Jesus Christ

Preaching and Worship Resources about Jesus Christ

Jesus Christ is the eternal Son of God, the second person of the Holy Trinity, and the promised Messiah. By his first-century atonement for human sin, he is the world's Savior. Because "all things have been created through him and for him" (Col. 1:16) he is also the world's Lord. In his incarnation, the Apostles' Creed testifies, "he was conceived by the Holy Spirit and born of the Virgin Mary. He suffered under Pontius Pilate, was crucified, died, and was buried; he descended to hell. The third day he rose again from the dead. He ascended to heaven and is seated at the right hand of God the Father almighty. From there he will come to judge the living and the dead."

In Scripture

"The Lord himself will give you a sign. Look, the young woman is with child and shall bear a son, and shall name him Immanuel" (Isa. 7:14).

"Surely he has borne our infirmities and carried our diseases; yet we accounted him stricken, struck down by God, and afflicted. But he was wounded for our transgressions, crushed for our iniquities; upon him was the punishment that made us whole, and by his bruises we are healed. All we like sheep have gone astray; we have all turned to our own way, and the Lord has laid on him the iniquity of us all" (Isa. 53:4 - 6).

"[Jesus said,] `Pray then in this way: Our Father in heaven, hallowed be your name. Your kingdom come. Your will be done, on earth as it is in heaven. Give us this day our daily bread. And forgive us our debts, as we also have forgiven our debtors. And do not bring us to the time of trial, but rescue us from the evil one'" (Matt. 6:9 - 13).

"With many such parables he spoke the word to them, as they were able to hear it; he did not speak to them except in parables, but he explained everything in private to his disciples" (Mark 4:33 - 34).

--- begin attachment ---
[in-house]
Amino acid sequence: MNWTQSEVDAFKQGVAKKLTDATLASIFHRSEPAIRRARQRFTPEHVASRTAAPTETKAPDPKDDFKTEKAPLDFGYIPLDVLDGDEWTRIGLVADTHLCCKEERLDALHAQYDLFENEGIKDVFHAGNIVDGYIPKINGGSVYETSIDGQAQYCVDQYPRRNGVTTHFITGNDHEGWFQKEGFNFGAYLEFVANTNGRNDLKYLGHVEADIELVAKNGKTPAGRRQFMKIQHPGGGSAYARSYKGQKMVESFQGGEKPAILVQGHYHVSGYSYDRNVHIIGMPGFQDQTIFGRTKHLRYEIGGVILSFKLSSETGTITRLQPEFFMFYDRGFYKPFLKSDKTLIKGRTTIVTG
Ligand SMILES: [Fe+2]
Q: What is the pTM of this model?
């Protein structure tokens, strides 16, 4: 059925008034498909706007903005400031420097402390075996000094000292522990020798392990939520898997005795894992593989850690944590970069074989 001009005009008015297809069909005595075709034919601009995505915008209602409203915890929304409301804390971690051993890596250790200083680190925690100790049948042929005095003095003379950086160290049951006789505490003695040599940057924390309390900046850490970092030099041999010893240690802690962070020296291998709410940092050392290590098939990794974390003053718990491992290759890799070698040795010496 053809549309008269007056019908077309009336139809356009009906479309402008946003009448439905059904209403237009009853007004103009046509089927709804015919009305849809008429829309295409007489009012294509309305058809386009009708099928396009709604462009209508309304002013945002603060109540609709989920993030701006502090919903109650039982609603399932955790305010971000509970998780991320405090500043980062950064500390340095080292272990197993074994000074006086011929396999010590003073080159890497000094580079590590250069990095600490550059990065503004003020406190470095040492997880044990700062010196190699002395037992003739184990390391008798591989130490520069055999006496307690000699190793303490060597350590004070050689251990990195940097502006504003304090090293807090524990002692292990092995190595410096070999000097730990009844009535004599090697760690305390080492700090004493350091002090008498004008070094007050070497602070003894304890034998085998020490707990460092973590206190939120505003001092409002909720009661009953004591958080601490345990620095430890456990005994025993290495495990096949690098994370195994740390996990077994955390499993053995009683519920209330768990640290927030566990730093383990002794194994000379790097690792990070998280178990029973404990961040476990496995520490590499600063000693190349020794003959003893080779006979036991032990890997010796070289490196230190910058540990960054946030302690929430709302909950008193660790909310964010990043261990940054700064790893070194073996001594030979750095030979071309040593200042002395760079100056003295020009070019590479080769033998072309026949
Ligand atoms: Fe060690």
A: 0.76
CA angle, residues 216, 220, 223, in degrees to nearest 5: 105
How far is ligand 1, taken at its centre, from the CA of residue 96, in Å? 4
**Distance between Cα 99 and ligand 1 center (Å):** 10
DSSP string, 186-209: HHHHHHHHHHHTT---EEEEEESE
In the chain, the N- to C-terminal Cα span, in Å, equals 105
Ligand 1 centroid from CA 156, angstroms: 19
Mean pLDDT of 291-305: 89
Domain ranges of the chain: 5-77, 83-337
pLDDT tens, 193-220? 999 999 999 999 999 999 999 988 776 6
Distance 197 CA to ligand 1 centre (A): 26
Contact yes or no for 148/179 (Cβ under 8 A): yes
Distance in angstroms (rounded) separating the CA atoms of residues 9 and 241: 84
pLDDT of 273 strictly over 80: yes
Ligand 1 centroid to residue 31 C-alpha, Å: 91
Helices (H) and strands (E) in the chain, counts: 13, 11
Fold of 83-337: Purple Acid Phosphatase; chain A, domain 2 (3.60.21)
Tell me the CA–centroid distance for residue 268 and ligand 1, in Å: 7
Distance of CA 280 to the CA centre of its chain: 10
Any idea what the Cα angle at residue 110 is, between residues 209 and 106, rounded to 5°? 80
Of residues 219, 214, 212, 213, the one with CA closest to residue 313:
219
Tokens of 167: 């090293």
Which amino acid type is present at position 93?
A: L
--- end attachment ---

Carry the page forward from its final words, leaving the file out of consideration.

"[Jesus] asked his disciples, `Who do people say that I am?' And they answered him, `John the Baptist; and others, Elijah; and still others, one of the prophets.' He asked them, `But who do you say that I am?' Peter answered him, `You are the Messiah'" (Mark 8:27 - 29).

"When the men had come to [Jesus], they said, `John the Baptist has sent us to you to ask, "Are you the one who is to come, or are we to wait for another?"'. . . And he answered them, `Go and tell John what you have seen and heard: the blind receive their sight, the lame walk, the lepers are cleansed, the deaf hear, the dead are raised, the poor have good news brought to them'" (Luke 7:20, 22).

"No one has ever seen God. It is God the only Son, who is close to the Father's heart, who has made him known" (John 1:18).

"[Jesus Christ] was handed over to death for our trespasses and was raised for our justification" (Rom. 4:25).

"In Christ God was reconciling the world to himself, not counting their trespasses against them, and entrusting the message of reconciliation to us" (2 Cor. 5:19).

"Let the same mind be in you that was in Christ Jesus, who, though he was in the form of God, did not regard equality with God as something to be exploited, but emptied himself, taking the form of a slave, being born in human likeness. And being found in human form, he humbled himself and became obedient to the point of death — even death on a cross. Therefore God also highly exalted him and gave him the name that is above every name, so that at the name of Jesus every knee should bend, in heaven and on earth and under the earth, and every tongue should confess that Jesus Christ is Lord, to the glory of God the Father" (Phil. 2:5 - 11).